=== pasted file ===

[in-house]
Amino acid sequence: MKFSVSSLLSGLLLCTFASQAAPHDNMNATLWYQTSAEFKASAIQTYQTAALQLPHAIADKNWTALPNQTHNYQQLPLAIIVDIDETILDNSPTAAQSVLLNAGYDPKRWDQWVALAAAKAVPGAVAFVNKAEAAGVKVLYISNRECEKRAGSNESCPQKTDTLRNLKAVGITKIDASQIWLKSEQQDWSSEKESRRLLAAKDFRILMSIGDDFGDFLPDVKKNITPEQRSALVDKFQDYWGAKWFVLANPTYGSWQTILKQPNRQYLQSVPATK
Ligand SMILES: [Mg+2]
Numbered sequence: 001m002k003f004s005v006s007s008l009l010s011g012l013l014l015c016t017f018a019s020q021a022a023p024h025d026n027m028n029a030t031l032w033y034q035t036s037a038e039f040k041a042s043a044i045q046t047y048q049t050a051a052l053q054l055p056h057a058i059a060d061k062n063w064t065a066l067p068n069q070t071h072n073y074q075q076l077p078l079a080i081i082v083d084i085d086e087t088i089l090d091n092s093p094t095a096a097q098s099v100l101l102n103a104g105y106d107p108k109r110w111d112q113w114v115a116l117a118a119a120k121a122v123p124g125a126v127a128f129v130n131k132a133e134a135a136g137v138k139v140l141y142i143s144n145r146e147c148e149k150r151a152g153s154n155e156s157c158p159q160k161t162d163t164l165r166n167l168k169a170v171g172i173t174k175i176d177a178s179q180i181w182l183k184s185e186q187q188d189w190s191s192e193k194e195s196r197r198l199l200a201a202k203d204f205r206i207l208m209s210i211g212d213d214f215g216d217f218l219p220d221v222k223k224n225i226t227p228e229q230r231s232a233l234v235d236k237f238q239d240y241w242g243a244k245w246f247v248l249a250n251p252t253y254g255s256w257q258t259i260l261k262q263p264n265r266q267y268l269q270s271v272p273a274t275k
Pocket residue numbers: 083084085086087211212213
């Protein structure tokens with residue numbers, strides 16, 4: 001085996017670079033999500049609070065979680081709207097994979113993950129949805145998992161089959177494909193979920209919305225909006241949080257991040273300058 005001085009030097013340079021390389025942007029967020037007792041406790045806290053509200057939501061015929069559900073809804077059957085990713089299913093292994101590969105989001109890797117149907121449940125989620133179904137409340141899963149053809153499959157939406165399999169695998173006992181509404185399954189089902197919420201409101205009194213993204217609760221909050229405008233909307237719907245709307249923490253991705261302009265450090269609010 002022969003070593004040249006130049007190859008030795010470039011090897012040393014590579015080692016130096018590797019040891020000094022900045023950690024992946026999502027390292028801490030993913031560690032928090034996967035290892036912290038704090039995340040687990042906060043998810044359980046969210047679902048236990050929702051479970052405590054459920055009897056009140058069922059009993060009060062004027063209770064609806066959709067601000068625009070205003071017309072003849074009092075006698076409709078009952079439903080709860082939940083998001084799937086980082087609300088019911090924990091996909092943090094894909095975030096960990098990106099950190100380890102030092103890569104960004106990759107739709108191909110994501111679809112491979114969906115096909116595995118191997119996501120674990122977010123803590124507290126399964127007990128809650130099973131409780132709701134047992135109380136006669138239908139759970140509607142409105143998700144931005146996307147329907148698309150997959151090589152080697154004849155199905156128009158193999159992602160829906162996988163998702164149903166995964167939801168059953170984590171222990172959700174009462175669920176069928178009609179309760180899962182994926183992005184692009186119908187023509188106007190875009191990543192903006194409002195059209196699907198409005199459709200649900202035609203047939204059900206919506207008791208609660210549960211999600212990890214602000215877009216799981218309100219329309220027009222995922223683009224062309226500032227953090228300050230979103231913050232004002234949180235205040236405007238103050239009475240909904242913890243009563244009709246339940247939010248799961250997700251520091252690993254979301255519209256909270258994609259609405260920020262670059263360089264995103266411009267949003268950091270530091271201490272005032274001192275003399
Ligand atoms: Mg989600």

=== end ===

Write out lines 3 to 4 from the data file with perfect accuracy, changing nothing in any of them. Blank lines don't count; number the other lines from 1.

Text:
Ligand SMILES: [Mg+2]
Numbered sequence: 001m002k003f004s005v006s007s008l009l010s011g012l013l014l015c016t017f018a019s020q021a022a023p024h025d026n027m028n029a030t031l032w033y034q035t036s037a038e039f040k041a042s043a044i045q046t047y048q049t050a051a052l053q054l055p056h057a058i059a060d061k062n063w064t065a066l067p068n069q070t071h072n073y074q075q076l077p078l079a080i081i082v083d084i085d086e087t088i089l090d091n092s093p094t095a096a097q098s099v100l101l102n103a104g105y106d107p108k109r110w111d112q113w114v115a116l117a118a119a120k121a122v123p124g125a126v127a128f129v130n131k132a133e134a135a136g137v138k139v140l141y142i143s144n145r146e147c148e149k150r151a152g153s154n155e156s157c158p159q160k161t162d163t164l165r166n167l168k169a170v171g172i173t174k175i176d177a178s179q180i181w182l183k184s185e186q187q188d189w190s191s192e193k194e195s196r197r198l199l200a201a202k203d204f205r206i207l208m209s210i211g212d213d214f215g216d217f218l219p220d221v222k223k224n225i226t227p228e229q230r231s232a233l234v235d236k237f238q239d240y241w242g243a244k245w246f247v248l249a250n251p252t253y254g255s256w257q258t259i260l261k262q263p264n265r266q267y268l269q270s271v272p273a274t275k